The secret ingredient behind smart cities

In order to make the most of the vast quantities of data generated by digital services, smart cities need massive data storage and processing capabilities – in short, they need data centers. However, since such facilities require enormous amounts of power, energy-saving technologies are a must. ABB has helped customers around the world achieve exceptionally high levels of efficiency. Two examples illustrate how.

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Dave Sterlace ABB Data Center Solutions Philadelphia, PA, United States, dave.sterlace@us.abb.com

With over 50 percent of the world’s population living in cities, urban areas are under pressure to improve the efficiency of their infrastructures. Probably the best way of achieving this is the smart city concept – the integration of information technology and the Internet of Things (IoT). This, in turn, sets the stage for the seamless integration of services such as traffic control, smart parking, electric vehicle charging and mass transit; and building and neighborhood energy management with wind and solar parks.

Smart city services generate data that results in a virtuous circle, producing ever-improving analytics that in turn improve services. But smart cities require massive data storage, and processing capabilities – in other words, in order to make the most of all the technologies they’ve implemented and to realize the full capabilities of the data they collect, advanced cities need data centers.

Europe’s greenest data center in Norway
The Lefdal Mine data center [1], which has been in operation since May 2017, is built 150 meters into a mountain in what was formerly an olivine mine →01. Olivine is a green, high density-mineral used in steel production. Located on Norway’s west coast, between Måløy and Nordfjordeid, the six-story mountain hall facility sets a new standard for the data center industry.

01 The 120,000 m2 Lefdal data center in Norway is powered exclusively by ­locally-produced renewable energy and is cooled by water from a nearby fjord.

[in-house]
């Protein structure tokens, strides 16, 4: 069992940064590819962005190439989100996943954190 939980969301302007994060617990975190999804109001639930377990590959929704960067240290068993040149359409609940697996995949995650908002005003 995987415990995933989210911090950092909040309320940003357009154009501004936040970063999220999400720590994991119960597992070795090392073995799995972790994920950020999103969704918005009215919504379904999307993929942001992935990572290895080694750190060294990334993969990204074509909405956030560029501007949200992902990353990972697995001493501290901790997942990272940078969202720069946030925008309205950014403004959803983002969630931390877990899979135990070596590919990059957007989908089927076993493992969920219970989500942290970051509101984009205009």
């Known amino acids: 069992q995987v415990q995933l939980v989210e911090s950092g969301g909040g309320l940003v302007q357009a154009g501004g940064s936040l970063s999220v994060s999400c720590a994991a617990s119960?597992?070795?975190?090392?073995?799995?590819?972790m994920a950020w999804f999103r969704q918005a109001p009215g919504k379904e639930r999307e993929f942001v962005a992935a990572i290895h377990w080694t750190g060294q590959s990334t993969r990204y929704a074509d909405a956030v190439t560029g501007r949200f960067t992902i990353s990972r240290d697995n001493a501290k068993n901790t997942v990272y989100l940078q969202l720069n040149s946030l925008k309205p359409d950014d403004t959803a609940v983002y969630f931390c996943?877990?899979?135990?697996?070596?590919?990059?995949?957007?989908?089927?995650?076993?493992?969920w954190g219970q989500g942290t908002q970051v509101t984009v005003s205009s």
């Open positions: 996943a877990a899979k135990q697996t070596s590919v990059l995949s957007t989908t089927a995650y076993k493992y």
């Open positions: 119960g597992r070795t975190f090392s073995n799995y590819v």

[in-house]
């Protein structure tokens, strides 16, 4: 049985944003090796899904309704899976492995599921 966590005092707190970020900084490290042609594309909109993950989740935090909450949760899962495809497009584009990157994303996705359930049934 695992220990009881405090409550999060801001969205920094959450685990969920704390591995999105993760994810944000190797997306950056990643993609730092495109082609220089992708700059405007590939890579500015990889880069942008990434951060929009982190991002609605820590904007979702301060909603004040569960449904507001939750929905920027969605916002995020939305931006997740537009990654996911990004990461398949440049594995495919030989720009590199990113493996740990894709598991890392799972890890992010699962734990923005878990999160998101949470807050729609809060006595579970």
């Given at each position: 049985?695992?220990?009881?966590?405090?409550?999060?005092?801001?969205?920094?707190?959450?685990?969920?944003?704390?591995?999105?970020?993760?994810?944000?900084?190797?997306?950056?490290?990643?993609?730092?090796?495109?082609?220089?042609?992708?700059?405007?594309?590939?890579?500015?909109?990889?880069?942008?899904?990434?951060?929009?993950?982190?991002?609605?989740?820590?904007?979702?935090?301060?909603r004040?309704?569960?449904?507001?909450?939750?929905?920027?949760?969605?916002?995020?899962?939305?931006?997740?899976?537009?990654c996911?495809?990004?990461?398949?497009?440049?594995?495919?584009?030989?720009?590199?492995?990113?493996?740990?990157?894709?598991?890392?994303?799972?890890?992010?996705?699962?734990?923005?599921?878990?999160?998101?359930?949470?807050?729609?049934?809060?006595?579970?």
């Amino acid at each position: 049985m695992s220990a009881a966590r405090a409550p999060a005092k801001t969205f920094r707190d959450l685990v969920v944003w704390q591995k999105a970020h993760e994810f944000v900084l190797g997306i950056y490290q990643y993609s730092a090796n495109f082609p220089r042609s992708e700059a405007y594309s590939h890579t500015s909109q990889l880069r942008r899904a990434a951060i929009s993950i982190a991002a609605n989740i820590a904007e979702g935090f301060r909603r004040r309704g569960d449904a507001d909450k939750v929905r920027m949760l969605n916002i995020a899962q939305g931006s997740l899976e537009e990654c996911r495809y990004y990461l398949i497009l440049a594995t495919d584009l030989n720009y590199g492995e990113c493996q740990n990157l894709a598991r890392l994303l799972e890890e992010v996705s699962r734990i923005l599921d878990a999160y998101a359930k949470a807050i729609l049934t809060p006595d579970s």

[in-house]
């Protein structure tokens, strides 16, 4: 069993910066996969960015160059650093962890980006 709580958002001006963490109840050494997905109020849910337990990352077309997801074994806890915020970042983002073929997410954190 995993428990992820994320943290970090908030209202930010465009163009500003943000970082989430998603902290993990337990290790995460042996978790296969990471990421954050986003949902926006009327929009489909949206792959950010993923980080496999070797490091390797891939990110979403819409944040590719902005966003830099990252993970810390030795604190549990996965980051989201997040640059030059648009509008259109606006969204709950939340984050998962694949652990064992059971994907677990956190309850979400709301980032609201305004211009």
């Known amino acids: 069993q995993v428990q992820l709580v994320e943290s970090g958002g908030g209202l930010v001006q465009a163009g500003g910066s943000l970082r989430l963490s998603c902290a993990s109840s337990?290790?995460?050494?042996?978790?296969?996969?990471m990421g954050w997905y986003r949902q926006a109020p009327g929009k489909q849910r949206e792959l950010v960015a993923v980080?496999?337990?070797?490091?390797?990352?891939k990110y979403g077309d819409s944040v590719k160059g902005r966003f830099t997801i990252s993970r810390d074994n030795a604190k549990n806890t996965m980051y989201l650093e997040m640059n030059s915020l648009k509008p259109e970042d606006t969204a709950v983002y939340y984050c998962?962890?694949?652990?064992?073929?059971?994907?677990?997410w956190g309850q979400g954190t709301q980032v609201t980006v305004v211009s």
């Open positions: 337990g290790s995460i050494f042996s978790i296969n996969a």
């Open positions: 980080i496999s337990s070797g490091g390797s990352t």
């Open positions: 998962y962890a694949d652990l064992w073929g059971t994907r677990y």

01 The 120,000 m2 Lefdal data center in Norway is powered exclusively by ­locally-produced renewable energy and is cooled by water from a nearby fjord.

The massive data center (about 120,000 m2 or 1.3 million square feet), which is capable of storing an estimated 30 billion GB, is powered exclusively by renewable energy produced locally, while being cooled by water from a nearby fjord. ABB supplied the critical power infrastructure, which provides clean energy generated by four glacial hydropower stations and two wind farms, which have a combined capacity in excess of 300 MW.

The Lefdal Mine is remarkably energy efficient, because it uses cold water from the 565-meter-deep fjord as a coolant. The result is that the data center’s cooling solution will have a power usage effectiveness (PUE) – the industry standard for energy efficiency – of between 1.08 and 1.15, making it among the greenest data centers in the world.

To meet the powering challenges of such a huge plant, ABB built a medium-voltage backbone for the entire facility. To meet any emergency situation, ABB has also provided a decentralized UPS (uninterruptible power supply) system, which means that each section inside the data center has its own UPS installation. If there is a problem with the grid, the UPS ensures reliable power supply until backup generators come online.

ABB has been an integral partner from the beginning of the project, providing tailored power supply solutions and extensive knowledge and expertise. It has supplied a powering system that will remain reliable as the center grows to an expected peak of 300 MW. When it reaches its maximum capacity, Lefdal will be among Europe’s largest data centers.